Soliton Resources, a privately held oil and gas exploration company, has farmed out its UK Central North Sea Licence P2390 (Blocks 23/26e and 30/1d) to Equinor UK.Hedda Felin, Equinor’s senior vice president for UK and Ireland offshore. (Photo: Equinor/Øivind Haug)Licence P2390 contains the Isolde prospect, a shallow, low risk and potentially sizeable exploration target that has historically been overlooked, partially as a result of seismic imaging limitations on legacy 3D data, Soliton said in a statement on Friday.Solition also said that Equinor will acquire an 85% working interest in Licence P2390 and assume operatorship to undertake an initial work program to improve the quality of existing 3D seismic data.Subsequently, Equinor can elect to drill an exploration well on the Isolde prospect. Equinor will refund license costs incurred to date by Soliton, pay a consideration to reflect inter alia the option to elect to drill and will carry all future costs associated with Soliton’s retained 15% interest, including exploration drilling if elected.In the event of exploration success, the carry will continue through all further activities, including appraisal drilling, until Equinor confirms the presence of a feasible investment project, ready to progress into detailed development evaluation and planning.Regulatory approvals for the transaction have already been received.Soliton Resources’ founder and Managing Director, Graham Goffey, commented: “I am delighted to announce that Equinor are joining Soliton to progress the exploration of the Isolde prospect. The high level of industry interest in what proved to be a particularly competitive farm-out process is a clear indication of the merits of the Isolde prospect and I am very pleased that Soliton is to be joined by an operator of Equinor’s scale, capability and ambition.“Soliton’s application for the Isolde prospect in the UK’s 30th licensing round was facilitated by the Oil and Gas Authority’s flexible ‘Innovate’ license structure and its data access initiatives, which have lowered the barriers to entry for newly established companies such as Soliton.”Spotted a typo? Have something more to add to the story? Maybe a nice photo? Contact our editorial team via email. Also, if you’re interested in showcasing your company, product or technology on Offshore Energy Today, please contact us via our advertising form where you can also see our media kit.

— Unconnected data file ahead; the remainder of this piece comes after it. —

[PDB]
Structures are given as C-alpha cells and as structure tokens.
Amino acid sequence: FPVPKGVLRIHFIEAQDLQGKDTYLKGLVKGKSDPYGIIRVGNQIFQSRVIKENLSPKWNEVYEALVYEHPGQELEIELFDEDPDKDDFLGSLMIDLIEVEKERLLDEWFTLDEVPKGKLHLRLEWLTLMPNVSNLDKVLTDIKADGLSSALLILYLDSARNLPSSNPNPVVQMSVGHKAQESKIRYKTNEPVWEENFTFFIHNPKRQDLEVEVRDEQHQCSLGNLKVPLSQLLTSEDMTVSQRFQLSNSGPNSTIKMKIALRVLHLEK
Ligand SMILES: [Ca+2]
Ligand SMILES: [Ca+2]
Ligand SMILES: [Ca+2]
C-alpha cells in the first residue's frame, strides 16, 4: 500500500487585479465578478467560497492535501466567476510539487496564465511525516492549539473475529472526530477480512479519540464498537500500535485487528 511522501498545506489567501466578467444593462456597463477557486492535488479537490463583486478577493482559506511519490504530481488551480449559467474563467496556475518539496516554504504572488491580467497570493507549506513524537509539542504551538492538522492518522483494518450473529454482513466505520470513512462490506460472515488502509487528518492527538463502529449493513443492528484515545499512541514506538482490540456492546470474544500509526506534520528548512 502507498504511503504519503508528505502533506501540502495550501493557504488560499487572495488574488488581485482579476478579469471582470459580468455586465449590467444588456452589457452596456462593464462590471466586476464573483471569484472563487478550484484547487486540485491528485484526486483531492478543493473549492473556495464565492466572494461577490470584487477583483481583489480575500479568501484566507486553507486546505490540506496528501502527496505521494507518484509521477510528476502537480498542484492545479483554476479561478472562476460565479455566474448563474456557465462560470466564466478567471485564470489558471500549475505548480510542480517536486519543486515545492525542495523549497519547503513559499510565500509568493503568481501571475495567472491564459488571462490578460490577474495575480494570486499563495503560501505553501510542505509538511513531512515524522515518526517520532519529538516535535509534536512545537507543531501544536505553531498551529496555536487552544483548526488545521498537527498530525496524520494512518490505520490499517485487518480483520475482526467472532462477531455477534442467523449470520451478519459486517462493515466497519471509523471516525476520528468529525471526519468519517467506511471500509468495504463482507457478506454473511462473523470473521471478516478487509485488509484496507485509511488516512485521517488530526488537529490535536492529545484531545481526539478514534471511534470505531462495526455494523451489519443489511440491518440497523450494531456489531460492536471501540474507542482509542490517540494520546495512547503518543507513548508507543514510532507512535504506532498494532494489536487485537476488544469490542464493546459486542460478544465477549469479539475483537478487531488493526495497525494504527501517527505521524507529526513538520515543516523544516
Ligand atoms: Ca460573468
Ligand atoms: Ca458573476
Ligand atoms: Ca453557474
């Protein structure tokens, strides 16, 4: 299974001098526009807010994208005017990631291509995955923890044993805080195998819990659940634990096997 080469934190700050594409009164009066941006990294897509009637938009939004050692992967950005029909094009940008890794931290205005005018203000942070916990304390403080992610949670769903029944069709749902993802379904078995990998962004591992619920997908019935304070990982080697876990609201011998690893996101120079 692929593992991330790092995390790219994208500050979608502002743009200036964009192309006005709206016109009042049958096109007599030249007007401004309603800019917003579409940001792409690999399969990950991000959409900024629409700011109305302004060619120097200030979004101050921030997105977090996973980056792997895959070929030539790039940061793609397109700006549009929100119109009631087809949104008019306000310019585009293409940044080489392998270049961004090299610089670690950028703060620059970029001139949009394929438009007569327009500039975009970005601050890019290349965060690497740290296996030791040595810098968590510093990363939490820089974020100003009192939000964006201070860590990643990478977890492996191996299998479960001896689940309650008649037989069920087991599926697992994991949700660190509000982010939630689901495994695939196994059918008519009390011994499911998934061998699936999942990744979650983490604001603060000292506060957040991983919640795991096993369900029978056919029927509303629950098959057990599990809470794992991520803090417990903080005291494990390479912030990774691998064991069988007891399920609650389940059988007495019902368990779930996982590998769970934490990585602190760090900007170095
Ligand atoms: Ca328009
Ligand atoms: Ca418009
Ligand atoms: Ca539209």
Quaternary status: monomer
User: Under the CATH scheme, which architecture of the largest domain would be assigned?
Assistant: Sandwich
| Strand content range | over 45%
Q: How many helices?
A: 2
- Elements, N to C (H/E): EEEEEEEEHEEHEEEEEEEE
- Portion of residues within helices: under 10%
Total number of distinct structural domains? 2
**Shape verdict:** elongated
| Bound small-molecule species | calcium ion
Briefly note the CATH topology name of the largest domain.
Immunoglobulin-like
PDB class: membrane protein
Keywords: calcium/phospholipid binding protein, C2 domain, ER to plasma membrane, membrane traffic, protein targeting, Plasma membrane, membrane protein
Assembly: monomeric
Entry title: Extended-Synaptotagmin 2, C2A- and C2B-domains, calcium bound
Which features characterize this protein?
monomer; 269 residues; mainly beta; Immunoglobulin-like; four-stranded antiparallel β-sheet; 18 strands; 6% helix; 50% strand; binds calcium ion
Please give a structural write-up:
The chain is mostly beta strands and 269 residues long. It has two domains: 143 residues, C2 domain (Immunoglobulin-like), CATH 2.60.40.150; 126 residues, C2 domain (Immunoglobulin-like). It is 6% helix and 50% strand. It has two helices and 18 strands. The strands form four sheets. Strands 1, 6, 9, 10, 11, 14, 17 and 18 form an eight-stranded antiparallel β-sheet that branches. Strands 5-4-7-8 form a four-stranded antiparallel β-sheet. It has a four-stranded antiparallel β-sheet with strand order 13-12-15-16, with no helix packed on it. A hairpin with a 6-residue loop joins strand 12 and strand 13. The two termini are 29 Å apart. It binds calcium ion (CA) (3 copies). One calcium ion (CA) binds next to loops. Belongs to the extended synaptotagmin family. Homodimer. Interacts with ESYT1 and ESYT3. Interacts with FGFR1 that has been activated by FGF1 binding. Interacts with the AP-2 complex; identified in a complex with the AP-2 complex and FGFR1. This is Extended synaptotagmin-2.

View Gallery (2 Photos)If there’s any place the Badgers would probably prefer not to go once a year, it would be Mackey Arena, a place Wisconsin has won just three times since it opened in 1968.At one point, UW went to West Lafayette, Ind., 29 times in 32 years and returned home with a loss in each of those 29 trips before winning in 2005.During the Bo Ryan era, Wisconsin is just 1-5 in games played in Mackey Arena. While the Badgers are better against Purdue in Madison, the Boilermakers, at 7-6, are the only team with a winning record against UW in Ryan’s eight-plus years at the helm.Still, Ryan is not one to focus on the location of the game. All the UW head coach cares about is his team playing its game, regardless of the opponent or the location.“I don’t ever think about the place,” Ryan said. “I never let that muddy anything I ever think about to prepare for a game. I let other people do that. I don’t get into that.”Considering the Badgers’ last road win over the Boilermakers came five years ago on Jan. 5, 2005, it would be hard not to think about the location of tonight’s game.None of the current players on the UW roster have experienced a victory at Mackey Arena, and none of the current Boilermakers has ever lost at home to the Badgers.It could be the elevated court or the wide sideline, but they have that in Minnesota, too. Maybe it’s the darkness of the arena, or the crowd noise. Whatever it is, the Badgers clearly have struggled to find success at Mackey.“Anytime going into their place it changes the game,” junior guard/forward Tim Jarmusz said. “Their atmosphere is a lot different than ours. That place gets loud — they have great fan support.“They can really disrupt some players.”One thing in the Badgers’ favor is the fact they’ve already beaten Purdue this season.In that win, however, junior forward Jon Leuer crashed hard to the floor and fractured a bone in his left wrist.Leuer had surgery the following week and remains out indefinitely.Though he was ineffective offensively because of his injured wrist, Leuer pulled down 10 rebounds against the Boilermakers — all on the defensive end — in the winning effort.Now, without the 6-foot-10 native of Long Lake, Minn., the Badgers will likely have a difficult time inside against forward/center JaJuan Johnson, who also stands at 6-foot-10.While UW faced similar difficulty against Ohio State and Dallas Lauderdale, tonight’s game will likely be the strongest challenge for Wisconsin during Leuer’s absence.“I think it will; it will be one of the toughest tests we face without Jon,” Jarmusz said. “They do have some good bigs who can do some good things, but I think we’ve got some guys that can make some plays and take them out of their game, too.”When the Badgers beat the Boilermakers on Jan. 9, it was their guard play that made the difference as seniors Jason Bohannon and Trevon Hughes had 20 and 14 points, respectively, while sophomore Jordan Taylor led the team with a career-high 23 points.Bohannon, Hughes and Taylor will need to perform as well or better this time around, especially with the Badgers’ newfound lack of size.Looking at the way Wisconsin has played in the last two weeks, the Badgers’ guard trio will need to connect on more than the 27.5 percent of 3-point attempts UW has made in the past four games.Bohannon agreed, noting that shooting 30-for-109 over the last four games and 10-of-33 in the last game against Northwestern was not getting the job done, despite going 3-1 in the same stretch.“I hope that’s not where we’re at because we’re shooting — in that last game from three — well below 33 percent,” he said. “I think we’re a much better team than that. I think our numbers show that, too.“We’ve had stretches in a game where all of us are not hitting, and then all of a sudden one person will hit and hit four or five in a row,” Bohannon continued. “It’s good that we have players that have the confidence and the grit to keep shooting the ball and know that the percentages play in our favor and we’re a good shooting team.”If you ask Taylor, he’ll tell you the Badgers do not need to change much to get a win at Purdue, something they were unable to do at Ohio State on Jan. 16.One thing he thought they did need to do, though, was avoid firing up so many threes.“Just stick to what we do,” he said. “Maybe play a little better defense. … Move the ball, be aggressive and not start settling for too many outside shots.”